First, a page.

Ringless voicemails would overwhelm cellphone inboxes, Schumer says

An FCC rule change could allow telemarketers, political groups and other businesses to leave automated voicemail messages without having cellphones ring.

Sen. Chuck Schumer on Sunday warned that automated, spam voicemails would inundate inboxes if the federal government approves a new rule change proposal.

The Federal Communications Commission is currently considering a proposed rule change filed this March that would allow telemarketers, political groups and other businesses to leave automated voicemail messages without having cell phones ring, known as “ringless voicemail.”

“You don’t know about it until it just floods your voicemail — and so that could be devastating,” said Schumer, who complained of the growing number of phone calls that use automated dialing machines in the state. More than 56 million robocalls were received in New York City and Long Island this May, according to numbers Schumer cited from YouMail.

“Now things could get even worse,” Schumer said. “So the bottom line is we’re here to sound the alarm with the FCC: Don’t throw gas on the robocall wildfire.”

The petition, filed by marketing firm All About the Message LLC, has drawn support from the Republican National Committee and the U.S. Chamber of Commerce, all of which essentially argue that the direct-to-voicemail messages are not regulated under the Telephone Consumer Protection Act of 1991, or TCPA, because the messages don’t technically constitute as “calls,” but instead as a direct server-to-server form of communication.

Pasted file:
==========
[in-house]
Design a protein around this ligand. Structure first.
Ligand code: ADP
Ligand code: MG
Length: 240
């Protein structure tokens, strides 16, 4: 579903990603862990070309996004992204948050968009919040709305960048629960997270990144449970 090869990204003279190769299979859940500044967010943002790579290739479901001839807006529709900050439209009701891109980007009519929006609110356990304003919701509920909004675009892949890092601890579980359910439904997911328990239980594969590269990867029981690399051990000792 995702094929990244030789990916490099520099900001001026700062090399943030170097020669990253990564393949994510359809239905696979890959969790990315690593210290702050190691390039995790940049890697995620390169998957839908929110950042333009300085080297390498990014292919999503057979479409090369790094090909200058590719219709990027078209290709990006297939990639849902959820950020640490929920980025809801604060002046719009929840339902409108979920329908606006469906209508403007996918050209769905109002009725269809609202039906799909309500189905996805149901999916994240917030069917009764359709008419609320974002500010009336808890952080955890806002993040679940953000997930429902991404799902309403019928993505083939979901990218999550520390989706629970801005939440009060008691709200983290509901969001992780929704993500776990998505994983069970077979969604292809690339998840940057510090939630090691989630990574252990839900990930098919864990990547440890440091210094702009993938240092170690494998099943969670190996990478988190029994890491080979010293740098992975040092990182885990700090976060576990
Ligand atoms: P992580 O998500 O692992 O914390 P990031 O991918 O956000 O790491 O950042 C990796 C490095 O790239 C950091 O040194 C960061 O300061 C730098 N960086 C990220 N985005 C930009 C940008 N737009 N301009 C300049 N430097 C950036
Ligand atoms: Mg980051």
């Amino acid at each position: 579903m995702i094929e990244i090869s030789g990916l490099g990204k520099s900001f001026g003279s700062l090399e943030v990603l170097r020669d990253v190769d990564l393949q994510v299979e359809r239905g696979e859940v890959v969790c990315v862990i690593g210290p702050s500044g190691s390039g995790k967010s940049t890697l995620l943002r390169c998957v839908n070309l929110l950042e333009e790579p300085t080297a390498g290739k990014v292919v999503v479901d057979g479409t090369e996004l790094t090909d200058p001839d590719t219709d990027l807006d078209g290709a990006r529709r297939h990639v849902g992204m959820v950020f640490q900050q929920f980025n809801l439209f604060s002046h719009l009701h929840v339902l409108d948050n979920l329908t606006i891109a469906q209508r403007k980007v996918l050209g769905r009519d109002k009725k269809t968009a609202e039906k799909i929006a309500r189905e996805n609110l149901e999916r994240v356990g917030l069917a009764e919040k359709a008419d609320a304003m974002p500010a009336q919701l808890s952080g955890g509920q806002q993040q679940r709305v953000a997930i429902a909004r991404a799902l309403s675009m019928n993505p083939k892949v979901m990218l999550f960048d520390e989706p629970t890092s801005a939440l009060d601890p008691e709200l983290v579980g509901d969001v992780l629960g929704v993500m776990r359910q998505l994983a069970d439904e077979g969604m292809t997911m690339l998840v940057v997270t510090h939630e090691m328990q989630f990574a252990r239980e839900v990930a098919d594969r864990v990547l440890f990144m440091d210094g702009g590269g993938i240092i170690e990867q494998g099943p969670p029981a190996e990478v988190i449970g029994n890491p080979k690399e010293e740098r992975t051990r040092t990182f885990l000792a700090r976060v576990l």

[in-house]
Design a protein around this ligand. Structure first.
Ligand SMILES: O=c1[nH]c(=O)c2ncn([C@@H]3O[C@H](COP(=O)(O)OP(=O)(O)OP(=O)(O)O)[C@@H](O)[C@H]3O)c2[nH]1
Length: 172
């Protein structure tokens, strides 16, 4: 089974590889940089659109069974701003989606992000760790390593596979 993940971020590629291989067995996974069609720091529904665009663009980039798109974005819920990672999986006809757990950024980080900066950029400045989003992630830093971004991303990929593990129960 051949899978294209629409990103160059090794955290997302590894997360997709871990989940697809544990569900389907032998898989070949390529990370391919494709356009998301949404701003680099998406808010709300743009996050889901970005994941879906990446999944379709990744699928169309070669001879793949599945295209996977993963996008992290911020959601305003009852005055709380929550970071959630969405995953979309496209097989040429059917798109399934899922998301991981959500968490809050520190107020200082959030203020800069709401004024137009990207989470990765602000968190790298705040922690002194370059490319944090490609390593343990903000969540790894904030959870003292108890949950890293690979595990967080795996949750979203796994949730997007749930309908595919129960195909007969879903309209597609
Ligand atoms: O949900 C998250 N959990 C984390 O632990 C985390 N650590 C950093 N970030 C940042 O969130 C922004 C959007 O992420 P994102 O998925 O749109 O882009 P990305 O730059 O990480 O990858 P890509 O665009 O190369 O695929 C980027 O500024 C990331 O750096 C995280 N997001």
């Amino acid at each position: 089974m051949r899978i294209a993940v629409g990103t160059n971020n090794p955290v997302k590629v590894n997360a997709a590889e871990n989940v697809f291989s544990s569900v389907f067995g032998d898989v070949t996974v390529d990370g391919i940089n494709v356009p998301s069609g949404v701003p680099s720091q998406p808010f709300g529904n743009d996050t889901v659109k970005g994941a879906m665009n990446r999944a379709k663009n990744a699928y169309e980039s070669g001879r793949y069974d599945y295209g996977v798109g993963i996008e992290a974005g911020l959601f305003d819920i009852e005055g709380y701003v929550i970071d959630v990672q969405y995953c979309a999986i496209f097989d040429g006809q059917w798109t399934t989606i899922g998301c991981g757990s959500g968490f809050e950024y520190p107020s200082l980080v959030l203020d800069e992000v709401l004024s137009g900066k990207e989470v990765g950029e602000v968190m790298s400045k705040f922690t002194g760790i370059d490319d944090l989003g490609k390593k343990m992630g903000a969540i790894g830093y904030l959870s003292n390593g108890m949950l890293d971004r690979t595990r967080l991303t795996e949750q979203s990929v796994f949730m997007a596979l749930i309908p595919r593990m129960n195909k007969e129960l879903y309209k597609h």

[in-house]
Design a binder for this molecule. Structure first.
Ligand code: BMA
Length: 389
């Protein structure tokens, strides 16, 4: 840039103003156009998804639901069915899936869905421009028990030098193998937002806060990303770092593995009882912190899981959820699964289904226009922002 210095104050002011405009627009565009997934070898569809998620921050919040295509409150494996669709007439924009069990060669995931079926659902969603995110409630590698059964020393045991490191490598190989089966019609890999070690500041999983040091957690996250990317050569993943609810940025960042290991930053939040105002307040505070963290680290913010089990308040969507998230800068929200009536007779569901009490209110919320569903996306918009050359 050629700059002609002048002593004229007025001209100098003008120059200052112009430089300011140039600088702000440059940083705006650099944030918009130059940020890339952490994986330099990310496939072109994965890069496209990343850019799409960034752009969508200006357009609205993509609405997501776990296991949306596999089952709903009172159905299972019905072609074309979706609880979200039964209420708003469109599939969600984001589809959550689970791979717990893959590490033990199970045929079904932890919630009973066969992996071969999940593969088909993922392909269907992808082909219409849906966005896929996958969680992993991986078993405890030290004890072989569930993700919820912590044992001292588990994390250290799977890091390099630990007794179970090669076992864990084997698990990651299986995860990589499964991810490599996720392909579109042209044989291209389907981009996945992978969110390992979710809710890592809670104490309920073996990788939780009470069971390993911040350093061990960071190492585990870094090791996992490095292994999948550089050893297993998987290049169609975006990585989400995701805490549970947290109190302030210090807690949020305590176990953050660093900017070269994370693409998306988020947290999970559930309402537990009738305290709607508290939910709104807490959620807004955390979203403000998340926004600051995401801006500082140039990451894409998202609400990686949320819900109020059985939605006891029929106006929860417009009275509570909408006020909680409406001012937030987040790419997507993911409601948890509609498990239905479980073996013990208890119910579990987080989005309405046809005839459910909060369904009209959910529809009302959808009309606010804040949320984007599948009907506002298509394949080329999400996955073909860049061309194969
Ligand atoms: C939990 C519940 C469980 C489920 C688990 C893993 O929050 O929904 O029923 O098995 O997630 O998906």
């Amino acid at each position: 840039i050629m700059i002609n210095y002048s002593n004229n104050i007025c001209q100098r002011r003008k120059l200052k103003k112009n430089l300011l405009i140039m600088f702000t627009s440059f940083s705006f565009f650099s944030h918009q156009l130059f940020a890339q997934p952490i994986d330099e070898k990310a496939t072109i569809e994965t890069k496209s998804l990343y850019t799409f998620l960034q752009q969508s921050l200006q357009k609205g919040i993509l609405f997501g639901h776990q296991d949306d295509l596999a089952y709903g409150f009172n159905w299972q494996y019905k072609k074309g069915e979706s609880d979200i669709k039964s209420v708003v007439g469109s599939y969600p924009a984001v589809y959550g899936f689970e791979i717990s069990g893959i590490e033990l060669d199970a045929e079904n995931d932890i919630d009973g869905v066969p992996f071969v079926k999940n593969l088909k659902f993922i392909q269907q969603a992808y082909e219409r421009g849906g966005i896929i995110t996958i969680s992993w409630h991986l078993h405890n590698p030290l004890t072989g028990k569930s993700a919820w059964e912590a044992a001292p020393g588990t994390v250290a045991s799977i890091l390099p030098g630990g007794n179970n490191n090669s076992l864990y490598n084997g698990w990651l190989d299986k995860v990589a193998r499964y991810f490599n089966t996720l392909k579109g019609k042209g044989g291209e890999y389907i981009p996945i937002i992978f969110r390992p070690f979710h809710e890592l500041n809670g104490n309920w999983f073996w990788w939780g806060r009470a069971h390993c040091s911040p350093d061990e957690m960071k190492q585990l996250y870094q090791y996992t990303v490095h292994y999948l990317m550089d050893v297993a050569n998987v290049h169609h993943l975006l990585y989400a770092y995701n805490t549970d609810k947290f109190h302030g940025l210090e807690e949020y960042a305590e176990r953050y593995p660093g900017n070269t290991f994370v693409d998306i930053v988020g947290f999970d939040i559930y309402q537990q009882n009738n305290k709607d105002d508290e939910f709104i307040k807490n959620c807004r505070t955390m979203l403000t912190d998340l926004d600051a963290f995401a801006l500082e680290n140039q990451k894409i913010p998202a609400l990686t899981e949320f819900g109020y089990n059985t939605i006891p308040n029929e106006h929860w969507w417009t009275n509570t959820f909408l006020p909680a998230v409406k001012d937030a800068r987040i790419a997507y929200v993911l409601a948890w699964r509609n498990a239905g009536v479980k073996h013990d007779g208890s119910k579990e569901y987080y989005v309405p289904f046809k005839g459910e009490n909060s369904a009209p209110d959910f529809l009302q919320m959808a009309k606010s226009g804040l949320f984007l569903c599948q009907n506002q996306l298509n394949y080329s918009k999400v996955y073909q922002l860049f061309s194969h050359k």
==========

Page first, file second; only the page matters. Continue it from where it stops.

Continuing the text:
“The commission should not act as a legislative body by expanding the reach of TCPA to new technologies. The role of lawmaker belongs to, and should be performed by, Congress,” said Harold Kim, the executive vice president of the U.S. Chamber Institute for Legal Reform, and William Kovacs, a senior vice president at U.S. Chamber of Commerce, in a joint letter to the FCC dated this May.

But Schumer, who last year announced legislation that would require landline and mobile carriers to offer free robocall-blocking technology to all consumers, described the petition as an “outrageous” effort that would pave the way for marketers to fill cell phone inboxes with “inane” messages. He urged the FCC to do more to protect consumers.

Schumer added that, with the support of the petition from RNC, that the Republican Party is just “protecting what the big corporate interests want, as usual.”

The FCC did not immediately respond to requests for comment.

Vincent Barone